I’ve been live-blogging the storm from my blog all weekend and I have to say that Irene has been behaving pretty much the way I thought she would for us here in Upstate New York: lots of rain and wind starting last night once the eye of the storm got to the Delmarva Peninsula. We’ve all ready lost our power once this morning. The winds have been pretty steady in the 5-10 mph range, with gusts (and one of those gusts probably took down a pole or tree which caused the loss of power). And lots…and lots…of rain. (By the way, the photo at the top was taken this morning in Flatbush, Brooklyn, New York of a London Plane tree that, between the wind and the sodden ground, went right over despite being held down by the cement sidewalk)
We lost the power for just one hour and I had two inches of water in the basement, pronto. Once the electricity came on again, the pump made a pretty quick job of moving the water off the floor. Let’s see now — that floor is about 300 square feet and there is 7.5 gallons in a cubic foot of water, so the pump moved about 375 gallons of water out in about 20 minutes. Not bad and a whole lot better than what we usually get down there (18″ deep and damaged appliances).
Lessons learned so far:
First, it’s a really good idea to test out any new emergency equipment to make sure a) you know how it works, b) you know how to make it run, and c) you know how to make it do what you want it to do without killing yourself or anyone else. The DH and our son were grappling with a brand new generator for almost an hour before they figured out that they needed to fiddle with the choke.
Second, it’s also a really good idea to make a fast tour of the outside of your house BEFORE such a storm hits. Once we lost power, I got the uncontrollable urge to fill up another bucket for flushing toilets (you can tell that there are certain functions that Aunt Toby is, ahem, a little obsessed with), and I got the idea to run outside with another bucket and put it under a downspout. Well, the extensions on the bottoms of the downspouts are SCREWED on so that did not work until I rounded the corner and found a downspout with NO extension on it whatsoever. So the water from the gutters on that side of the house were just gushing down around the foundation. Yummy. I stuck the bucket under there and had five gallons of water in less than 5 minutes. Needless to say, a downspout extension is going on the hardware store list for purchase next week because we’re looking at another named hurricane developing by Labor Day Weekend.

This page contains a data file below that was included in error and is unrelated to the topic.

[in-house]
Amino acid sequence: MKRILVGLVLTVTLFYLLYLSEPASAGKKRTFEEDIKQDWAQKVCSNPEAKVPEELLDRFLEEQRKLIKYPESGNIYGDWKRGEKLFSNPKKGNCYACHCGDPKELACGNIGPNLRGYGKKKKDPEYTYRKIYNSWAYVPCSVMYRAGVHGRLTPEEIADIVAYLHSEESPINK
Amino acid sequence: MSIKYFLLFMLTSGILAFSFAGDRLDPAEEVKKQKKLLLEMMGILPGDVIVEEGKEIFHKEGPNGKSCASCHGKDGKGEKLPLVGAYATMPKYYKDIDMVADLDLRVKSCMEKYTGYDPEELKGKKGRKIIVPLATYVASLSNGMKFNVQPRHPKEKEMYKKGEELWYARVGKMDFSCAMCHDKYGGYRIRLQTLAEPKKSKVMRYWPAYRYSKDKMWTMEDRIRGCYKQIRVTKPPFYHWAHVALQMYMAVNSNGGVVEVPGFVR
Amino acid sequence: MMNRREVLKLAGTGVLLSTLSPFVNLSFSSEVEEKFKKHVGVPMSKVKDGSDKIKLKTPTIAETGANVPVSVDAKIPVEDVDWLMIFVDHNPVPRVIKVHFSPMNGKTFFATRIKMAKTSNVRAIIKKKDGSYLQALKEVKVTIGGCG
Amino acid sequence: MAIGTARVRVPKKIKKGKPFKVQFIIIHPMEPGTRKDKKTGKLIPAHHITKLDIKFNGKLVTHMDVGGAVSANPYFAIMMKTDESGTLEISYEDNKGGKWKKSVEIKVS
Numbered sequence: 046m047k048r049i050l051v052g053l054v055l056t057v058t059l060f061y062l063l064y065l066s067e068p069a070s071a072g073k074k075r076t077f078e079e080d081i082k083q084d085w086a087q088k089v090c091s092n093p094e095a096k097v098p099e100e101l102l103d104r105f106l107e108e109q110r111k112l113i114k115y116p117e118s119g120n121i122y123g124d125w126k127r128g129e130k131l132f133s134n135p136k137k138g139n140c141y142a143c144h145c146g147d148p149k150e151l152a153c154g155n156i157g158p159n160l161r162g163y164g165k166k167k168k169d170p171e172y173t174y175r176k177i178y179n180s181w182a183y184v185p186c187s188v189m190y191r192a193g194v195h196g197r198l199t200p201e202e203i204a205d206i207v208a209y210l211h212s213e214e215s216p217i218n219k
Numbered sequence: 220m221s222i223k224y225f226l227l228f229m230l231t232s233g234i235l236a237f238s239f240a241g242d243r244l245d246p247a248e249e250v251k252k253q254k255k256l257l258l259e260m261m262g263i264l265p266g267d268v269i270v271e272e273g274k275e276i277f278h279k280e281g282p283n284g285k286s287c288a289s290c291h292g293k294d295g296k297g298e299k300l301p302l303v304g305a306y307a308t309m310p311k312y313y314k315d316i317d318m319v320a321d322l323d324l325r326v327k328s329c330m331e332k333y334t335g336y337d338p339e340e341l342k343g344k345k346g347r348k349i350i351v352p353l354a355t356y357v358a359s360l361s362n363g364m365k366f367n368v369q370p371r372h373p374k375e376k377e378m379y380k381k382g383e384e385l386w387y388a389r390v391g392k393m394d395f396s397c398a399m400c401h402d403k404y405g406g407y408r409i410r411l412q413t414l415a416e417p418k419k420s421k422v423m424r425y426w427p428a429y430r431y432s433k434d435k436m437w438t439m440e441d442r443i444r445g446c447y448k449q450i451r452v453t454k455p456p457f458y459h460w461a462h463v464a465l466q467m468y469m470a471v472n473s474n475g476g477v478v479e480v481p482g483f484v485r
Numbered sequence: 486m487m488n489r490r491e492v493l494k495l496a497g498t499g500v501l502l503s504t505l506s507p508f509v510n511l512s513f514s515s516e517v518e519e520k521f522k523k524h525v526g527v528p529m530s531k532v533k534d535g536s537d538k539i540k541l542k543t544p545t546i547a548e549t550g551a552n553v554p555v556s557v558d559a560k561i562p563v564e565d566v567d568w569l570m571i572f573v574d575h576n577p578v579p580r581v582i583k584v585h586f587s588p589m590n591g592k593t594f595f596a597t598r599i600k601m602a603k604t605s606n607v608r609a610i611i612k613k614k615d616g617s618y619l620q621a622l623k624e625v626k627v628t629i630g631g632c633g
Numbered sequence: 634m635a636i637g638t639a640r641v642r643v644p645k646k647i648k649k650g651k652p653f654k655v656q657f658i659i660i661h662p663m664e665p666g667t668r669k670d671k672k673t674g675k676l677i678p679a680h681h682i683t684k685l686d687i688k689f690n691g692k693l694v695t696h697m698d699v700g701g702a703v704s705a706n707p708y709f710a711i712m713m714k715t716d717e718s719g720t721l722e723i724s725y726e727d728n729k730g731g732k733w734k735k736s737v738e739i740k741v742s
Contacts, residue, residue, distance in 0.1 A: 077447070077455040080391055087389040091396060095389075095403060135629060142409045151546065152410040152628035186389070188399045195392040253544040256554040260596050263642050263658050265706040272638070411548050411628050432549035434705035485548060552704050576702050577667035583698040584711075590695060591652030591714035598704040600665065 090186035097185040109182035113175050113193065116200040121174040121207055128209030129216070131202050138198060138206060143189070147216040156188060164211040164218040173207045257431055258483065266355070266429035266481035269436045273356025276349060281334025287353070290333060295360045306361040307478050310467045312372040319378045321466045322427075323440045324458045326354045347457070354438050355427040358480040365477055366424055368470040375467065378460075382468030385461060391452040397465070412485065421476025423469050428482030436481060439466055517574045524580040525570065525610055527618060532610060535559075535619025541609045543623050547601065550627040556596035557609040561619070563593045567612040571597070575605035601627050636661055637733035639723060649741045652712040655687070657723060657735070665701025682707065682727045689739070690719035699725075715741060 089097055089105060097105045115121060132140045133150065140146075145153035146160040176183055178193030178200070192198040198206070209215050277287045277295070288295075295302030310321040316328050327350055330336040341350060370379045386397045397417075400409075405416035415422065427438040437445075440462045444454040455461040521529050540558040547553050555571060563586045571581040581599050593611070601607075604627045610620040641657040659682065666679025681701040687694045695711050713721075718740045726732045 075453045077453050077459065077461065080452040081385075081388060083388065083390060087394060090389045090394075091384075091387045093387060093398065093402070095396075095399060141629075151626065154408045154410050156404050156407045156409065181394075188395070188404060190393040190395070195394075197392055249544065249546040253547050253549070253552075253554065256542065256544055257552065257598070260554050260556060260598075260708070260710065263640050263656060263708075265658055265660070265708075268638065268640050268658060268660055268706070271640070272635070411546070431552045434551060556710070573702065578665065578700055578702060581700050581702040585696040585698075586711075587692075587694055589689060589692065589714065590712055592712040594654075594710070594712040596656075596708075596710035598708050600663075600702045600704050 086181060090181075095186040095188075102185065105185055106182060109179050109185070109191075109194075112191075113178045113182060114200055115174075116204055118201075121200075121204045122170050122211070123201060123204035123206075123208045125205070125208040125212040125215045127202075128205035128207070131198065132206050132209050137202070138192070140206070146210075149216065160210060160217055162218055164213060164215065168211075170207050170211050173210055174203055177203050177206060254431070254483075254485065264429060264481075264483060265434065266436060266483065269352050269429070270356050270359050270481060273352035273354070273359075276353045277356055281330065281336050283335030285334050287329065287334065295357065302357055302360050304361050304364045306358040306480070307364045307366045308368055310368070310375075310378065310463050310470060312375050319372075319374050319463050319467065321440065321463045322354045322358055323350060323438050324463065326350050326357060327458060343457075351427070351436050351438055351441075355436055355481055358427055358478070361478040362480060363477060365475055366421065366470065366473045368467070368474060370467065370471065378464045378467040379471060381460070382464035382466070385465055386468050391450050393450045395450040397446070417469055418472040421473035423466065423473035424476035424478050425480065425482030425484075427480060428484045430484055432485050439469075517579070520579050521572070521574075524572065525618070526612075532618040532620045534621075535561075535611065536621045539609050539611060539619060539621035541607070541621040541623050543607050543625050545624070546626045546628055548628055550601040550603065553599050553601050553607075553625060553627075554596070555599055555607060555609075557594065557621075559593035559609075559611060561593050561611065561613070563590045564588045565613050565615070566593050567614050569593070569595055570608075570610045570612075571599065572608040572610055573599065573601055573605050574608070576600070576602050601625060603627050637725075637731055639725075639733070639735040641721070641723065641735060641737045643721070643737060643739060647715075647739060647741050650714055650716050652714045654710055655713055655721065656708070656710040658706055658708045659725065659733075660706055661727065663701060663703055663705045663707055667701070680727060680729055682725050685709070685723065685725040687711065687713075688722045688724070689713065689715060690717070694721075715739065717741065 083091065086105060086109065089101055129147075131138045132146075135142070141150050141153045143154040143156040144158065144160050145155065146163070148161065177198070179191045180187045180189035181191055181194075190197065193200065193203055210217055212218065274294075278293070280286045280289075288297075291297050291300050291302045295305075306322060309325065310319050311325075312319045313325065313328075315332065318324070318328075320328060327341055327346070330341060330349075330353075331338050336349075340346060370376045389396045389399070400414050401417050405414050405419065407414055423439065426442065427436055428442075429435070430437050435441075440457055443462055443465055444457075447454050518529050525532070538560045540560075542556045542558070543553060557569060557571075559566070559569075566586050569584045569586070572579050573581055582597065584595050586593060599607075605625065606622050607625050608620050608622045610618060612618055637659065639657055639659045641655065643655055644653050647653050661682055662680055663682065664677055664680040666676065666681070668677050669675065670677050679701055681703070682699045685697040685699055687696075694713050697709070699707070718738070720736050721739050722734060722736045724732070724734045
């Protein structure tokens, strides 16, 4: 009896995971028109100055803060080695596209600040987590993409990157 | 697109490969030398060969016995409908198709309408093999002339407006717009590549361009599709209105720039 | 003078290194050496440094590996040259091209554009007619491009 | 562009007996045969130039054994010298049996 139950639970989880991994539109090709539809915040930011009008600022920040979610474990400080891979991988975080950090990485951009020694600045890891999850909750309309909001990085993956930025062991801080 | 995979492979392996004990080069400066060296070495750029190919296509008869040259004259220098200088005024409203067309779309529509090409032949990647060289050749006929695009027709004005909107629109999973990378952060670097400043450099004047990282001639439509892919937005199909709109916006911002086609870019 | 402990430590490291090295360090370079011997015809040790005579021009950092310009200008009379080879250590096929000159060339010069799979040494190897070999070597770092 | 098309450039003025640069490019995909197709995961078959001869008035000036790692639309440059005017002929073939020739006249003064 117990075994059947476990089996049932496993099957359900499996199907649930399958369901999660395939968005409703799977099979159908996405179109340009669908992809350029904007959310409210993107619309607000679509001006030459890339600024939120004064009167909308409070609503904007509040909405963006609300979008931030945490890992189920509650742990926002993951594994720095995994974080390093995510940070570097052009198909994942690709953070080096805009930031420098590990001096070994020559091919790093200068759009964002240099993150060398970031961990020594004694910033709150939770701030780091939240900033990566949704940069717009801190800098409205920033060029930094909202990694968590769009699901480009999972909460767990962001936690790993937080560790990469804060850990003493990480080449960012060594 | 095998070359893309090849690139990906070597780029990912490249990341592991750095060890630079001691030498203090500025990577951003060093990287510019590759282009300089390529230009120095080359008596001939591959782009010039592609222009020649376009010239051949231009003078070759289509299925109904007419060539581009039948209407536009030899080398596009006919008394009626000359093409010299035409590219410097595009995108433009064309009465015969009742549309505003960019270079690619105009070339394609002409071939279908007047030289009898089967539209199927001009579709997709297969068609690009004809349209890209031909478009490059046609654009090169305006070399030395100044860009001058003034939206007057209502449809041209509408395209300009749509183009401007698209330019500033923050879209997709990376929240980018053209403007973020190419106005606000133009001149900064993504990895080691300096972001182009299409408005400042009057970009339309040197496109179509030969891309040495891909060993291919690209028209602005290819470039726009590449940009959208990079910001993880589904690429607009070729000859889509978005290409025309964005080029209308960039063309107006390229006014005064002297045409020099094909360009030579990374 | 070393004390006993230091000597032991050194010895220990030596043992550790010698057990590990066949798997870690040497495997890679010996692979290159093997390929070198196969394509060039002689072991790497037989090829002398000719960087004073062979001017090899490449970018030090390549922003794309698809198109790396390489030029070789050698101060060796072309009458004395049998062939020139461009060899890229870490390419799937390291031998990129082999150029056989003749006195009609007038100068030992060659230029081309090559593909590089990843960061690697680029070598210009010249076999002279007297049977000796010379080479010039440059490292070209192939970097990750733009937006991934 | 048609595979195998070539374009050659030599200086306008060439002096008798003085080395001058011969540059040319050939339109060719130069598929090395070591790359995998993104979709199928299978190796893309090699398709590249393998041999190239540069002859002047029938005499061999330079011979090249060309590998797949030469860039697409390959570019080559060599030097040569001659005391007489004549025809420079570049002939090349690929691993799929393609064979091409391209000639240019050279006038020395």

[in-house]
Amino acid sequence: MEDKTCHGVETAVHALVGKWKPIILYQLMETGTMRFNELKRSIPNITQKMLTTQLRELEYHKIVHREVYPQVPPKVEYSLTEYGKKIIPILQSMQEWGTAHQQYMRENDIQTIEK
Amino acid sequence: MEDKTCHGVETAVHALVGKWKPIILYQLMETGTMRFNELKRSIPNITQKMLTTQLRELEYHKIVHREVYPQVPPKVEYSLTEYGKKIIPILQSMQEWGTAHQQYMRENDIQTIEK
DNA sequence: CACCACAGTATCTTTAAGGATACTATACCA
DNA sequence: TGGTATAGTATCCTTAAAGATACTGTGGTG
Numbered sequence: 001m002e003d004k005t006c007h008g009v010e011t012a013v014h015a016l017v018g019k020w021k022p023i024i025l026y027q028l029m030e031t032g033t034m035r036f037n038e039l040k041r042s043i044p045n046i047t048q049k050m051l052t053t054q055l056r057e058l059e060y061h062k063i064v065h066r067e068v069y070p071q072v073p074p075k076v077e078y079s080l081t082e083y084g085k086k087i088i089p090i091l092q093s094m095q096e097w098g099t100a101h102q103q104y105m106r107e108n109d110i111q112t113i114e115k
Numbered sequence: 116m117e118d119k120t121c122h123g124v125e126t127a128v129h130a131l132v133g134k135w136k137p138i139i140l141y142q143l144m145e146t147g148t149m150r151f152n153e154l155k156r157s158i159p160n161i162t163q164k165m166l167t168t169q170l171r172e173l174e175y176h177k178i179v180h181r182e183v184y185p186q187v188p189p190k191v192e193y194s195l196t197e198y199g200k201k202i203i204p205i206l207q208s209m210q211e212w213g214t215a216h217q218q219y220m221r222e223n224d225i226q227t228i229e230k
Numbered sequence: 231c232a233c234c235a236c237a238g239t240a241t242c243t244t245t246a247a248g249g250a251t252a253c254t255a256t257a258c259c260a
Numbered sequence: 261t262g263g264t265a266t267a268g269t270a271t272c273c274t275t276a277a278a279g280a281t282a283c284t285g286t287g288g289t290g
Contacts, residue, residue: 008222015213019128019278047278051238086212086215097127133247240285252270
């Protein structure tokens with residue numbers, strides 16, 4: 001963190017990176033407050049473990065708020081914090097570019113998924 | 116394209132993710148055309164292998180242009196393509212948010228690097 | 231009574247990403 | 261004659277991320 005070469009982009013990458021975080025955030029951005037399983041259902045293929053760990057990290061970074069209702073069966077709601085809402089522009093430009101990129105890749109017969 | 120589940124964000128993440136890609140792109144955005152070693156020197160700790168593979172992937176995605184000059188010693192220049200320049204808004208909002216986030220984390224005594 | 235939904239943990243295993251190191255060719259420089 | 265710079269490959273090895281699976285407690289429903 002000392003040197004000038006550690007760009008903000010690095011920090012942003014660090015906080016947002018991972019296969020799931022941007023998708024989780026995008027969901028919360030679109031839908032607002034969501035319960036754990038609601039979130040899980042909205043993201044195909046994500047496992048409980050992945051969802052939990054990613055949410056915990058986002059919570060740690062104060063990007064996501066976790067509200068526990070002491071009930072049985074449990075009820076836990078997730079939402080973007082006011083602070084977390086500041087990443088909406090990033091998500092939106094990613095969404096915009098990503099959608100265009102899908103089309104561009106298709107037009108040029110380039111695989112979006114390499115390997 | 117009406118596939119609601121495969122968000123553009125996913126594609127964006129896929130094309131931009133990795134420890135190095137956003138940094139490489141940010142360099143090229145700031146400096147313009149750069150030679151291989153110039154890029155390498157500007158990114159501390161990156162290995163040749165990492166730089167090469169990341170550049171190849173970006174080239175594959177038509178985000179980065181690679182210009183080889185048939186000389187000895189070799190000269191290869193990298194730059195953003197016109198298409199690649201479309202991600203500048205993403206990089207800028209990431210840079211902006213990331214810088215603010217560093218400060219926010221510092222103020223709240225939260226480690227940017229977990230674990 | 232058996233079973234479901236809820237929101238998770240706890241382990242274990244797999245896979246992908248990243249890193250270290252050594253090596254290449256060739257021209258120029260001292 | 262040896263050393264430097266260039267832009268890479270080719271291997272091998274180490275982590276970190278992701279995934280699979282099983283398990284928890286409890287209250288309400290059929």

Yep – from the same nursery as Irene came from, José is emerging. There seem to be two possible scenarios with this – first, it follows Irene and comes right to the eastern seaboard and runs right up and into New England, or second, it starts its northern route before it gets to the coast.
I know a lot of people are feeling a certain level of disappointment with how government and weather agencies have handled this in terms of what they consider evacuations being ordered too early, public transport being shut down and so on.
For all of the ‘this was only a Cat 1 – no big deal’ talk out there, I have to tell you that even up here, I suspected that it was not going to be one of those ‘pitching tractor trailers through warehouse walls’ sort of storms. It was always going to be a huge rainmaker (which it has been), which would cause flooding and power outage issues, which are bad enough. Flooding all by itself can cause death and huge amounts of destruction, even without any extras in terms of wind. We had a period of 2-3 days of rain in Upstate NY in 2006 which caused the Chenango, Susquehanna and Delaware rivers to flood and caused huge amounts of destruction to property. Houses were literally lifted off their foundations and were floating down the Susquehanna. We were cleaning up that mess for months. And that was, as I recall, only 4-6 inches of rain. We’re getting a lot more than that up here and I know down in the Mid-Atlantic, they are saying those folks already have gotten 12″ plus.
Nothing to sniff at.
(photo courtesy of Flatbush Gardener)